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Title: Psychiatric services in primary care settings: A survey of general practitioners in Thailand
Authors: Manote Lotrakul
Ratana Saipanish
Mahidol University
Keywords: Medicine
Issue Date: 24-Jul-2006
Citation: BMC Family Practice. Vol.7, (2006)
Abstract: Background: General Practitioners (GPs) in Thailand play an important role in treating psychiatric disorders since there is a shortage of psychiatrists in the country. Our aim was to examine GP's perception of psychiatric problems, drug treatment and service problems encountered in primary care settings. Methods: We distributed 1,193 postal questionnaires inquiring about psychiatric practices and service problems to doctors in primary care settings throughout Thailand. Results: Four hundred and thirty-four questionnaires (36.4%) were returned. Sixty-seven of the respondents (15.4%) who had taken further special training in various fields were excluded from the analysis, giving a total of 367 GPs in this study. Fifty-six per cent of respondents were males and they had worked for 4.6 years on average (median = 3 years). 65.6% (SD = 19.3) of the total patients examined had physical problems, 10.7% (SD = 7.9) had psychiatric problems and 23.9% (SD = 16.0) had both problems. The most common psychiatric diagnoses were anxiety disorders (37.5%), alcohol and drugs abuse (28.1%), and depressive disorders (29.2%). Commonly prescribed psychotropic drugs were anxiolytics and antidepressants. The psychotropic drugs most frequently prescribed were diazepam among anti-anxiety drugs, amitriptyline among antidepressant drugs, and haloperidol among antipsychotic drugs. Conclusion: Most drugs available through primary care were the same as what existed 3 decades ago. There should be adequate supply of new and appropriate psychotropic drugs in primary care. Case-finding instruments for common mental disorders might be helpful for GPs whose quality of practice was limited by large numbers of patients. However, the service delivery system should be modified in order to maintain successful care for a large number of psychiatric patients. © 2006 Lotrakul and Saipanish; licensee BioMed Central Ltd.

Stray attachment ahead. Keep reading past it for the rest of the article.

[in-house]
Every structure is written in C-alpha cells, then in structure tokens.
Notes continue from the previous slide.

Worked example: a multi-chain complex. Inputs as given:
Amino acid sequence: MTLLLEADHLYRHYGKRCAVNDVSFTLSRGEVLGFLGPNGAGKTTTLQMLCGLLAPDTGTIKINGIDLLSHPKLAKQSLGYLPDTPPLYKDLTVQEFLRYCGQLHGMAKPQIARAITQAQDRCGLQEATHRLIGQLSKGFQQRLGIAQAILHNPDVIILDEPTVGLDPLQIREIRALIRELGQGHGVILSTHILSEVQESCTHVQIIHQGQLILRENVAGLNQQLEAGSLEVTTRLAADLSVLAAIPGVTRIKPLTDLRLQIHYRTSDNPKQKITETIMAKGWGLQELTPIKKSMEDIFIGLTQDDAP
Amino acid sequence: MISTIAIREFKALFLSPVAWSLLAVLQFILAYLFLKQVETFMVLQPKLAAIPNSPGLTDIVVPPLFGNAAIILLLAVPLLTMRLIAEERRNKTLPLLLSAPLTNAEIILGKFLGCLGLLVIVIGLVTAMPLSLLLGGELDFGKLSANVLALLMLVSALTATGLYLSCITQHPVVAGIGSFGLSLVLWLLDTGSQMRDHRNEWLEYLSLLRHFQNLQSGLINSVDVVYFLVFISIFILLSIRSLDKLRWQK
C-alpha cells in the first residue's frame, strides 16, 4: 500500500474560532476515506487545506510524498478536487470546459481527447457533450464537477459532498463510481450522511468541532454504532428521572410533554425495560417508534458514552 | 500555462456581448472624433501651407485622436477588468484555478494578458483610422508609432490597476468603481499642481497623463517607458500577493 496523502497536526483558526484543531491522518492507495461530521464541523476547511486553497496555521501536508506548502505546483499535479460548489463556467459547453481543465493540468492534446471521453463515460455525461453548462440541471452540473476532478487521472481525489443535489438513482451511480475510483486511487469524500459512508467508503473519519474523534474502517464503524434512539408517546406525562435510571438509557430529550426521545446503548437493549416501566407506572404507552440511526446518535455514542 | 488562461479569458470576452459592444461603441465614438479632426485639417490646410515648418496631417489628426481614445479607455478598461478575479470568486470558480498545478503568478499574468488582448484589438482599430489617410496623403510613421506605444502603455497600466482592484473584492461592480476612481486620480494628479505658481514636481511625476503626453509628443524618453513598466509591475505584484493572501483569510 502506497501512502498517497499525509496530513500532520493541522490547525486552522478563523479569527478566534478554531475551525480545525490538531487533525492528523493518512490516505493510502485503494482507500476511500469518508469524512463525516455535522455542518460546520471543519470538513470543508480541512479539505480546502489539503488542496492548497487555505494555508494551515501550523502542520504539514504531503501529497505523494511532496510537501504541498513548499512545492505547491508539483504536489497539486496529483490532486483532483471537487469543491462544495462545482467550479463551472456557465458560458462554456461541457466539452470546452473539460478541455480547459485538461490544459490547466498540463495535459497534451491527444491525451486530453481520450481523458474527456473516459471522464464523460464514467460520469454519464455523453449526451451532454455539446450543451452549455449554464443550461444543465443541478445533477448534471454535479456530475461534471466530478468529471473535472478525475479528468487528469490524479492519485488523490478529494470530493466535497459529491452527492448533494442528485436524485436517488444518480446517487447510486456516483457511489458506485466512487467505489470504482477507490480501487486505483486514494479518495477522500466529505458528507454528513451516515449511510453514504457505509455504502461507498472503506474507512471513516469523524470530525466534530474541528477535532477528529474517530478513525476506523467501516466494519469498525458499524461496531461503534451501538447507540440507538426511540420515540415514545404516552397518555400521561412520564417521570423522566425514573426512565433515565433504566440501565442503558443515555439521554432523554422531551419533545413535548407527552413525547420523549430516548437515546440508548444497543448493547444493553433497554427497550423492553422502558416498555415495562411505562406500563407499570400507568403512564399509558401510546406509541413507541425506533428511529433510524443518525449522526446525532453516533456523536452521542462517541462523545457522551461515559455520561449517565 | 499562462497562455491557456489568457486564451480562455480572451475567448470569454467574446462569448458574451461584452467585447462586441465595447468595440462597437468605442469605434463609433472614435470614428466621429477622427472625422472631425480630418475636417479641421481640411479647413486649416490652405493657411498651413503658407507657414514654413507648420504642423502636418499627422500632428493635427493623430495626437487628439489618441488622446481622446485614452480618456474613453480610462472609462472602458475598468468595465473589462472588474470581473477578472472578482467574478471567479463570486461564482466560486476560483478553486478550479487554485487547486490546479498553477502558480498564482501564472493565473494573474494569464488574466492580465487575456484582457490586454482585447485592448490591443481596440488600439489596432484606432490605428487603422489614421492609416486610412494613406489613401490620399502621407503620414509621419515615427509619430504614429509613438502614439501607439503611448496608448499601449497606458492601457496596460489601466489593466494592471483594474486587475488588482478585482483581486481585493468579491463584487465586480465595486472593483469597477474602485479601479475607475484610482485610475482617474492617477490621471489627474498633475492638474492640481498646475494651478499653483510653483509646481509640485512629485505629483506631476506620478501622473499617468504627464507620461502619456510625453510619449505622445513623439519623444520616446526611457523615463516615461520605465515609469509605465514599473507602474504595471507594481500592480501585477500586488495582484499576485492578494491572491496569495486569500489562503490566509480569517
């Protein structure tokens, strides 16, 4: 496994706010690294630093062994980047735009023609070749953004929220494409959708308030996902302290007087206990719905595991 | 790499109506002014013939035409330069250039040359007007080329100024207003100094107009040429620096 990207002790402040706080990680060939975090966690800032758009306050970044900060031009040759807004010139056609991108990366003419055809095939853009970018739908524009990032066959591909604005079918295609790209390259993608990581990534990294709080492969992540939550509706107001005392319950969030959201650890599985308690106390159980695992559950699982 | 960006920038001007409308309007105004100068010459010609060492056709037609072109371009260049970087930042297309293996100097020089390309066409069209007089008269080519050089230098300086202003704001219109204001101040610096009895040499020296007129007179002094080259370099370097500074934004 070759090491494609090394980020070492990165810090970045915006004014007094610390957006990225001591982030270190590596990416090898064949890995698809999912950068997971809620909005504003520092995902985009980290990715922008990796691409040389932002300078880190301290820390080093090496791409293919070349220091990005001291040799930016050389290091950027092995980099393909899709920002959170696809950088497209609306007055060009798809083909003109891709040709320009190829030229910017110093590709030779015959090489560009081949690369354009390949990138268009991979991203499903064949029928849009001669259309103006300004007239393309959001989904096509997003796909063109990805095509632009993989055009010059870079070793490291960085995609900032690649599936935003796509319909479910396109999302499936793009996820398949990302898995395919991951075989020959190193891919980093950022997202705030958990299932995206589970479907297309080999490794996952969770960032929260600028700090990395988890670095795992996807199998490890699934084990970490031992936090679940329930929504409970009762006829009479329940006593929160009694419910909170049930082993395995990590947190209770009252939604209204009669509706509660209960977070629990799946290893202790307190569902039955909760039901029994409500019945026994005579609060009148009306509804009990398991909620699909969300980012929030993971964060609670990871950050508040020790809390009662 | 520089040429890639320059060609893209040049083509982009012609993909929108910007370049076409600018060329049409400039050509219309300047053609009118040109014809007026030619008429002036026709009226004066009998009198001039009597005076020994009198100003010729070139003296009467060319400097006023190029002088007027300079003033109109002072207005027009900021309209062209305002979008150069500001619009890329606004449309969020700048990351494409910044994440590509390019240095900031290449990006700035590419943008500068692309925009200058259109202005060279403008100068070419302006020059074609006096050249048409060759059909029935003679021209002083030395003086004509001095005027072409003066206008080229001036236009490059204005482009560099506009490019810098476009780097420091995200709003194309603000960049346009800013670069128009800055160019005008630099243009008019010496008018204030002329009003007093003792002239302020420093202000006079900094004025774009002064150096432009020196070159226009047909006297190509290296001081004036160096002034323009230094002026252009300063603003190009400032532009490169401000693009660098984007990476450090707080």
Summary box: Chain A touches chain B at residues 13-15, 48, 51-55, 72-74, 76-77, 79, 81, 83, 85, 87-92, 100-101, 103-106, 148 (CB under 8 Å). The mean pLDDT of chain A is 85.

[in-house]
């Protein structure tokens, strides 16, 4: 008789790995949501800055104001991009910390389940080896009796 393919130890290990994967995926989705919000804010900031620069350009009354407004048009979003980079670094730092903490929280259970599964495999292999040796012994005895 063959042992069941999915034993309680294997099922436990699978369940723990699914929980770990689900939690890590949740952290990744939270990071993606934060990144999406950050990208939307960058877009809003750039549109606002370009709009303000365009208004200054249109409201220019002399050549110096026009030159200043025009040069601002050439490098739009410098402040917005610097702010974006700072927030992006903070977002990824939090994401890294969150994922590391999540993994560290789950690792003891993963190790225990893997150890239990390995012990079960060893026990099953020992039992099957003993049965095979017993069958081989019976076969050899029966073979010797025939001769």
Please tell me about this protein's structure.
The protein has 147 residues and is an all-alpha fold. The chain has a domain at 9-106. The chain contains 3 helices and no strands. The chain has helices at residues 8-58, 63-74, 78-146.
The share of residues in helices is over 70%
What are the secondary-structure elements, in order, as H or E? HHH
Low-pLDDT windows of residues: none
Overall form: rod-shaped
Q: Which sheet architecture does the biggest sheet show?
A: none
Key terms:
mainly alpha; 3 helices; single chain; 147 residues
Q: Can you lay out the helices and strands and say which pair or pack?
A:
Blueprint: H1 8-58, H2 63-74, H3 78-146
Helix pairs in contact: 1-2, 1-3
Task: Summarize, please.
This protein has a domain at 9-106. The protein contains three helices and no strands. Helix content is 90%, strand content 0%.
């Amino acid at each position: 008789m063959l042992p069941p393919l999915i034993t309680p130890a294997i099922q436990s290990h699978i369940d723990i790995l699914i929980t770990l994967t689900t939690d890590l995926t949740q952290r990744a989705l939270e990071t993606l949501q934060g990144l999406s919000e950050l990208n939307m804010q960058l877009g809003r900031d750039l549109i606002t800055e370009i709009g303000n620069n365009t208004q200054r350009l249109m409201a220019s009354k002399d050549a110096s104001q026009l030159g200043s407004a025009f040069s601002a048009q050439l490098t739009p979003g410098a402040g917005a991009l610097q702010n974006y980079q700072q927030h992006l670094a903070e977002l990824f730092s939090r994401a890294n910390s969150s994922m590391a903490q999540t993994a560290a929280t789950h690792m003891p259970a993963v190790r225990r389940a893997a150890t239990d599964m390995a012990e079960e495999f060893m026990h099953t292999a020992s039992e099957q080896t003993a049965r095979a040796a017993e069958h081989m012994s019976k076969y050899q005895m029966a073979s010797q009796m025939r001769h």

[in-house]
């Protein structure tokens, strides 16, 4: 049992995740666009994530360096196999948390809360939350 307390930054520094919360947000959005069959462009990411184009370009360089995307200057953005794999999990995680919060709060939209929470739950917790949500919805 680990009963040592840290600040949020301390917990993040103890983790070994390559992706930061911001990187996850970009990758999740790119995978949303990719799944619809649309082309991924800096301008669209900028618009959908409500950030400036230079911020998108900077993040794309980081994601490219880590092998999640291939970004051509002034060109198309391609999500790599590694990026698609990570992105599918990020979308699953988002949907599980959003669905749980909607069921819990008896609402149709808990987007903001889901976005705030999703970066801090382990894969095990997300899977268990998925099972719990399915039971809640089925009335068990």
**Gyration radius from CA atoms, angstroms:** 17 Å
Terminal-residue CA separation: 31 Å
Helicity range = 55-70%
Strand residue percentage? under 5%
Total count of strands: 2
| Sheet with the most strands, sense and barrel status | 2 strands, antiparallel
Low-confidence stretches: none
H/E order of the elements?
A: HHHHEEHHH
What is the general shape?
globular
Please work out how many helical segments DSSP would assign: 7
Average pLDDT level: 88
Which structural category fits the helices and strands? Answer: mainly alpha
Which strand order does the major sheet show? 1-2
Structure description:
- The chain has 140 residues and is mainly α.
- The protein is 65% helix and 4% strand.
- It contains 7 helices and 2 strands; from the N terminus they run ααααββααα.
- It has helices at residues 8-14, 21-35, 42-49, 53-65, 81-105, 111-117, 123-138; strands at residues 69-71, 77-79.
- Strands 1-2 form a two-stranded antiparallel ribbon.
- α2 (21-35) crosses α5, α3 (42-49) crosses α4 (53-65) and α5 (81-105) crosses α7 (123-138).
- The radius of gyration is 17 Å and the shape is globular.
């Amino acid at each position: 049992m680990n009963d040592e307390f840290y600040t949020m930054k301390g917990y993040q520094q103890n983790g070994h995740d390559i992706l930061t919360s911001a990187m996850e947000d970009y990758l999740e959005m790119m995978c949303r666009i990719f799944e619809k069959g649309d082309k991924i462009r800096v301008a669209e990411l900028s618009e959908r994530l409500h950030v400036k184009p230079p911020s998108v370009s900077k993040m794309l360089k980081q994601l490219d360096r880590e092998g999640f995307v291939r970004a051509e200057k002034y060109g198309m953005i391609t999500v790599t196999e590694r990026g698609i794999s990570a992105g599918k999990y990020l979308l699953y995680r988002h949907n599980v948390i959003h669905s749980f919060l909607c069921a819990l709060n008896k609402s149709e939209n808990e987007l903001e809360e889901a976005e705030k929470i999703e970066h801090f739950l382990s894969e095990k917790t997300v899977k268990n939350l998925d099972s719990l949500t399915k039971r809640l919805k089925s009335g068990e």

ISSN: 14712296
Appears in Collections:Scopus 2006-2010

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